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Among the myriad of axioms, HTML5 has a very specific mantra – Mobile/Offline first. Building mobile/offline first web-apps have always been irksome, given the stripped down memory and processing strengths of mobile devices and the end user’s craving for luxury or ease of use. Surprisingly, HTML5 takes care of most of these legitimate demands. There are a couple of APIs which are noteworthy in this regard:

  1. WebStorage
  2. IndexedDb
  3. FileSystem

    

This article will focus on WebStorage API (Client-Side Storage).

History

It isn’t the case that web developers are oblivious to the concept of client-side storage. HTTP Session-Cookies have always been the loyal servant. They have been primarily used to store server side information on the client. However, if I could jot down the shortcomings of cookies:

  1. Smaller in size ~ 4KB – doesn’t allow to store bigger data
  1. Unsafe/vulnerable – major problems like cookie data leaking across windows or cookie theft etc. are setbacks.
  1. Sent with every HTTP request made to the server

    

Turn the tables

Enter WebStorage. It’s a specification which could be (arguably) concluded as the successor of cookies. It provides persistent storage as well as storage with expiration time. It has a larger size limit (upto ~5MB). It is a key-value store. Typical use cases could include storing friends list or an online music player playlist etc. on the client which doesn’t demand frequent updates or server round-trips.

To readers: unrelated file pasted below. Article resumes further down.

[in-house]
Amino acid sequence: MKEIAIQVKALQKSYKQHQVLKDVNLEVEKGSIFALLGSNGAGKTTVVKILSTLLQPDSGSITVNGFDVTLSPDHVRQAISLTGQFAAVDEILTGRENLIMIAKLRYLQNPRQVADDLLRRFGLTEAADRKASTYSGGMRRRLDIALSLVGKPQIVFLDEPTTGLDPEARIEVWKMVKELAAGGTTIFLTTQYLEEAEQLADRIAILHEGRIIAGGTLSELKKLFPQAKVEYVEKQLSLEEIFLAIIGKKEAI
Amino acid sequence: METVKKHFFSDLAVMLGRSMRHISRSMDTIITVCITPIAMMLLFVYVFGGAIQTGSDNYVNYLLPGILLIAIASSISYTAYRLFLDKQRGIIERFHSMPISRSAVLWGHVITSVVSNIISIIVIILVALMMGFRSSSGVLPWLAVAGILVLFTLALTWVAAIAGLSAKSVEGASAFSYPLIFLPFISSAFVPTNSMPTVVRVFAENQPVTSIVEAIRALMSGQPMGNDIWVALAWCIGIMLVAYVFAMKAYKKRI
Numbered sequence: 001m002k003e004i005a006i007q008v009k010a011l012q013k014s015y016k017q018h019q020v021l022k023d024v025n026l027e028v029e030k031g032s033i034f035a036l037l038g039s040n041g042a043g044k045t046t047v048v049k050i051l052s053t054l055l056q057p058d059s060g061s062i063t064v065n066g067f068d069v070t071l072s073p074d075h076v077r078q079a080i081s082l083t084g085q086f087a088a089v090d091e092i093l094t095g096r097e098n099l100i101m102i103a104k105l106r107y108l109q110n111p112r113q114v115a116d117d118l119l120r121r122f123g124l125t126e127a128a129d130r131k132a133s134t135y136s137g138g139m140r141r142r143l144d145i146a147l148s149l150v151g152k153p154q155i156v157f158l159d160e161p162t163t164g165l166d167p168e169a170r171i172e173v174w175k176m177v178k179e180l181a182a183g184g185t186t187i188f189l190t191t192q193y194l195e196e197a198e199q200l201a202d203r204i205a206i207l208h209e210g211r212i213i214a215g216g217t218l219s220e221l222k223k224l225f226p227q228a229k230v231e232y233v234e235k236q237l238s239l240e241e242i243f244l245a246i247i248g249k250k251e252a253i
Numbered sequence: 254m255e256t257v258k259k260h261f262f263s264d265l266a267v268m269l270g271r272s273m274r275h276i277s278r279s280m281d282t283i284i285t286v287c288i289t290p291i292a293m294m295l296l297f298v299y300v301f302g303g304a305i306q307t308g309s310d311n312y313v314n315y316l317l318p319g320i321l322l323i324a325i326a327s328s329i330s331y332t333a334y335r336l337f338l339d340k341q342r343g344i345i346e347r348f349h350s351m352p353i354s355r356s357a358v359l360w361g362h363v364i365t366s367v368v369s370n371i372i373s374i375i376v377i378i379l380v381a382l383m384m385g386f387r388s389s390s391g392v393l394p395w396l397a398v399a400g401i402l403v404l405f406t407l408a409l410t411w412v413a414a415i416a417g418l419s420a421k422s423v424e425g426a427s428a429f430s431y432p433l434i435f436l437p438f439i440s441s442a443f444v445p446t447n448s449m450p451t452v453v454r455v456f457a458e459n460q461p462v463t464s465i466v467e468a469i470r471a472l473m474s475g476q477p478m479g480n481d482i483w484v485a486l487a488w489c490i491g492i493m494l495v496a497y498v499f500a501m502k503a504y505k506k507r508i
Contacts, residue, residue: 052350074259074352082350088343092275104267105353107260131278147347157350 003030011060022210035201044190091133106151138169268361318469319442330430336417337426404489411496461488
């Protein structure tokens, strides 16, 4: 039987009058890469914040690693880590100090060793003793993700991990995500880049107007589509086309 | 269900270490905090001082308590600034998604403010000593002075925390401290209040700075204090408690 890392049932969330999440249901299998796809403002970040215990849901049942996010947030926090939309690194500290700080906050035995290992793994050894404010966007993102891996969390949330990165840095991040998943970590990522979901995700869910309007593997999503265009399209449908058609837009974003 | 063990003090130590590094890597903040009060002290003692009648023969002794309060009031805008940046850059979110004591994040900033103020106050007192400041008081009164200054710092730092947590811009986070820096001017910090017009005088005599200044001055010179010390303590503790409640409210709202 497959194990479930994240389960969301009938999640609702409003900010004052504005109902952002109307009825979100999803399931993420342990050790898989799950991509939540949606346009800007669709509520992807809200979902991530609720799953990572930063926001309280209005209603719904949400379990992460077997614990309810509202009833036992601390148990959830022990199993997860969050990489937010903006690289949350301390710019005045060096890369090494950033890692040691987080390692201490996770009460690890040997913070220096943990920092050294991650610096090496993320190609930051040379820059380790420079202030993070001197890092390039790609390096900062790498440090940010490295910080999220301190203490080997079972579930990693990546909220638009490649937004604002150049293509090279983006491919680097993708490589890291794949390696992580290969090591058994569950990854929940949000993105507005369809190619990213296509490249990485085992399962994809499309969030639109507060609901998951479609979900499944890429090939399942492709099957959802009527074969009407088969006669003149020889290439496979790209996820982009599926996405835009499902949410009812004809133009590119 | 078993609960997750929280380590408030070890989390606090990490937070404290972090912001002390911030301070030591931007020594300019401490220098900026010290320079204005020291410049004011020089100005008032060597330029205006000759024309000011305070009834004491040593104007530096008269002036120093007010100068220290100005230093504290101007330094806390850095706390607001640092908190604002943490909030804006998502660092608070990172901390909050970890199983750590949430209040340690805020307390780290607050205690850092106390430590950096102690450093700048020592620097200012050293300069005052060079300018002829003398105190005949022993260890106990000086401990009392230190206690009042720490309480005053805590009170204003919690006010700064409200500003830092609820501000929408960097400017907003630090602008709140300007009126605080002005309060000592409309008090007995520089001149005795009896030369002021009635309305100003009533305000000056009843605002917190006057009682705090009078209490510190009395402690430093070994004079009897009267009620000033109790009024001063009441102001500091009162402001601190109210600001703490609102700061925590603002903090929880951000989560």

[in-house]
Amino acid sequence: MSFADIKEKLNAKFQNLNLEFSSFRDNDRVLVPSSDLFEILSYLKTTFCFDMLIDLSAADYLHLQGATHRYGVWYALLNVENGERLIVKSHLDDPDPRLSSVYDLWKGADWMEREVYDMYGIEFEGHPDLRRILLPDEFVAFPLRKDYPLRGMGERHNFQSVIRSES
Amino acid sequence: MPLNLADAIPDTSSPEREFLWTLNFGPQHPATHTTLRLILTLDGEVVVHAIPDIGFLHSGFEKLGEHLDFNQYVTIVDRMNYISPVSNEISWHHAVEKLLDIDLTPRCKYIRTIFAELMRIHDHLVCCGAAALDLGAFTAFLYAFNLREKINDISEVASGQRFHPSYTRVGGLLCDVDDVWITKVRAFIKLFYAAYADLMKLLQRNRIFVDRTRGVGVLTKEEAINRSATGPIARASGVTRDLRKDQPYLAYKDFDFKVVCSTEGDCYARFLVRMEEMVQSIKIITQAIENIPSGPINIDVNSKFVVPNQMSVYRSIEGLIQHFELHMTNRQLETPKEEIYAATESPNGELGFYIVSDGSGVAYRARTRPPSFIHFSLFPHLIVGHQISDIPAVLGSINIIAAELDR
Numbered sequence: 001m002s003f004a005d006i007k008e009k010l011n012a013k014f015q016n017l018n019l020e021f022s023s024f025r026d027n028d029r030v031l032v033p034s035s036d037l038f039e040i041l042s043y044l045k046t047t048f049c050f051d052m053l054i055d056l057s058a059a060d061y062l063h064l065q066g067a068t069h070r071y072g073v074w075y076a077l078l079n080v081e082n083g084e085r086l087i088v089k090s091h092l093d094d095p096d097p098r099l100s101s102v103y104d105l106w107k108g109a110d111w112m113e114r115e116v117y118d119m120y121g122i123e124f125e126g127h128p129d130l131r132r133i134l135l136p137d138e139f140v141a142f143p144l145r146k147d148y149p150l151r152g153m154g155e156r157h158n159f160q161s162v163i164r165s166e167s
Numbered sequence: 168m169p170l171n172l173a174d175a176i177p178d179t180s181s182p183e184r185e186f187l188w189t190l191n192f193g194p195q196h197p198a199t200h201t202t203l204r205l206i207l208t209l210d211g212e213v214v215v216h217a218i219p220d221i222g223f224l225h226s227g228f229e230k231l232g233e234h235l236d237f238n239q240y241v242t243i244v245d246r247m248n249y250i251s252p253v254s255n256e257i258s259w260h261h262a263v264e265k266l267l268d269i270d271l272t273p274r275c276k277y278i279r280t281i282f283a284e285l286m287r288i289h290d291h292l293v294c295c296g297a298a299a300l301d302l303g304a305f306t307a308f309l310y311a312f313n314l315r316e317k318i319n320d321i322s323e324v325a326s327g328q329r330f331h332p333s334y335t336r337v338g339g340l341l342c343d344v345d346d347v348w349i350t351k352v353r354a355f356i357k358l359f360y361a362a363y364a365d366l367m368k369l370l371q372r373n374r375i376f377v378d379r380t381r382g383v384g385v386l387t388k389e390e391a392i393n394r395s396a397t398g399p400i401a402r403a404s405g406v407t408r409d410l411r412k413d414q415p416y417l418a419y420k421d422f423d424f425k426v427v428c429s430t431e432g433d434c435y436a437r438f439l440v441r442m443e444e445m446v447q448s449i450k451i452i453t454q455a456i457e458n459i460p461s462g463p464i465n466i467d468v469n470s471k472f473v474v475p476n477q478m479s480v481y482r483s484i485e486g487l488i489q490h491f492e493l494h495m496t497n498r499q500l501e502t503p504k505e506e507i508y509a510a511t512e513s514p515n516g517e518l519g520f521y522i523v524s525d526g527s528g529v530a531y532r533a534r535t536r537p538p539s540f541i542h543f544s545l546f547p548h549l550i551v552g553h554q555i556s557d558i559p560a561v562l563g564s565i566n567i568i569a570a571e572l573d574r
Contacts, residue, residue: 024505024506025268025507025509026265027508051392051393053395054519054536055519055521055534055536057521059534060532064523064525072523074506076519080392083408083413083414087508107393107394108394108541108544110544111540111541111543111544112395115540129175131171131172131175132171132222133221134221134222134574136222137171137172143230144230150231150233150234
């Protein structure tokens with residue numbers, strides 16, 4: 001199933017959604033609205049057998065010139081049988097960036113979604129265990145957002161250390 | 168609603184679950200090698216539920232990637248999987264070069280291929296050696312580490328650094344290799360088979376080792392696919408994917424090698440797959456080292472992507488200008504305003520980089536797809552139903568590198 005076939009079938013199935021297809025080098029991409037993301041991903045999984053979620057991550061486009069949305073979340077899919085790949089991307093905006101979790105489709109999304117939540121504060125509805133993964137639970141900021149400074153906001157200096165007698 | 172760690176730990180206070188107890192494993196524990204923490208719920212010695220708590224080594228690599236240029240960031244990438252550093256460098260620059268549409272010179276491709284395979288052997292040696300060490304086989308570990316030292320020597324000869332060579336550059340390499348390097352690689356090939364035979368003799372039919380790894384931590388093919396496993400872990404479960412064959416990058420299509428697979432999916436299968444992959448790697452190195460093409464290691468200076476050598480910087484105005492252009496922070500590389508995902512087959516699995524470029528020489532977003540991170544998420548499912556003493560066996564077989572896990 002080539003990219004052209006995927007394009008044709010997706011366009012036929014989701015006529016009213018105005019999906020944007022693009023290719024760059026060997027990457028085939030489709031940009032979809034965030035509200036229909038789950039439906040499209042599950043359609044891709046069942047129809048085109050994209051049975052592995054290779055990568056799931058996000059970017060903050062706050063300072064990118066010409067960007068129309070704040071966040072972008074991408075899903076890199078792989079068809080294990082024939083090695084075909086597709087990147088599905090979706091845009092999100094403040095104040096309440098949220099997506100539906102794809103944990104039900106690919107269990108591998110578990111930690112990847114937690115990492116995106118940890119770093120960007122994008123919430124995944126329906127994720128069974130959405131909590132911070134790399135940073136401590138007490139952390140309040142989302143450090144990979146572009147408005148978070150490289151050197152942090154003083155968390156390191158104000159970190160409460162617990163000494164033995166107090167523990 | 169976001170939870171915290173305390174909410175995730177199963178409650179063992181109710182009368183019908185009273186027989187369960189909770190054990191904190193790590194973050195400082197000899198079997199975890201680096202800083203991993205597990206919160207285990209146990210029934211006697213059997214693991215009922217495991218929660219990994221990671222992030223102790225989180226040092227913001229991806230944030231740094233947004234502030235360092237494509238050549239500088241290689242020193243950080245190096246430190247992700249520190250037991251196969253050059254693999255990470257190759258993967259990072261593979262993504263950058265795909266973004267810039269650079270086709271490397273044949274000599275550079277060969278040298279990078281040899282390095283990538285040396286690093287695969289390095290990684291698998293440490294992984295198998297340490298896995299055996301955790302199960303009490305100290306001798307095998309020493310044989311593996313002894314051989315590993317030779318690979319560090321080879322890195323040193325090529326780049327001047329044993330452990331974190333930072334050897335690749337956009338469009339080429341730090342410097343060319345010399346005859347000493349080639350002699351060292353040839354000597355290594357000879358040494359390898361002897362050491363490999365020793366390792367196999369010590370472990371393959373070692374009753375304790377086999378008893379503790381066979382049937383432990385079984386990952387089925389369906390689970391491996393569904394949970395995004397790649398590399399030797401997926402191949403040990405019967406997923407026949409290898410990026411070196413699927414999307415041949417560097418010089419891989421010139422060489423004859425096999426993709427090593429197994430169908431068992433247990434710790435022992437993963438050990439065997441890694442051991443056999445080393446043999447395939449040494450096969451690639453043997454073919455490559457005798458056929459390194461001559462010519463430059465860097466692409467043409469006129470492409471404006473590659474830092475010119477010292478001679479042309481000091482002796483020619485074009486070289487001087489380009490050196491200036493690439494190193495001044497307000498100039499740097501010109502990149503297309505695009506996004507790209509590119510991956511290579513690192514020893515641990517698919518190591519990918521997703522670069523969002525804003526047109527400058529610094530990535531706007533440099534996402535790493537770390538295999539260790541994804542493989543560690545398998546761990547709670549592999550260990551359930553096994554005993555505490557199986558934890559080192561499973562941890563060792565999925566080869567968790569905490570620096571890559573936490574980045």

WebStorage specification has 2 major APIs, each of which provide access to a list of key/value pairs. Though the access APIs are fairly simple, they are synchronous. Keys in these lists are strings.

  1. localStorage – this is a client storage API which lets you store data persistently without any expiration date. So basically it spans multiple sessions. Data is not lost upon the end of a session (or closing of a tab or window).

Usage:

if(window.localStorage){ //check for support

localStorage.setItem(key, value); //set a key/value pair in the list

    var item = localStorage.getItem(key); //get the value for a particular key

    localStorage.removeItem(key); // delete a key from the list

    localStorage.clear(); // clear the entire list

}

The setItem method must check if a key/value pair with the given key exists or not. Further, if does, then the corresponding value is updated with the new value provided. However, in case of an exception wherein the value for the key could not be set, then the method throws a QuotaExceededError exception. It’s a better practice placing them in try/catch blocks:

try {

localStorage.setItem(key, value);

}

catch(e) {

if(e.name === ‘QUOTA_EXCEEDED_ERR’) {

//quota exceeded

}

}

           2. sessionStorage – this API is almost identical to the localStorage except that the data stored have a expiration time. The data                    stored in the sessionStorage object are active only in the current session.

    

Usage: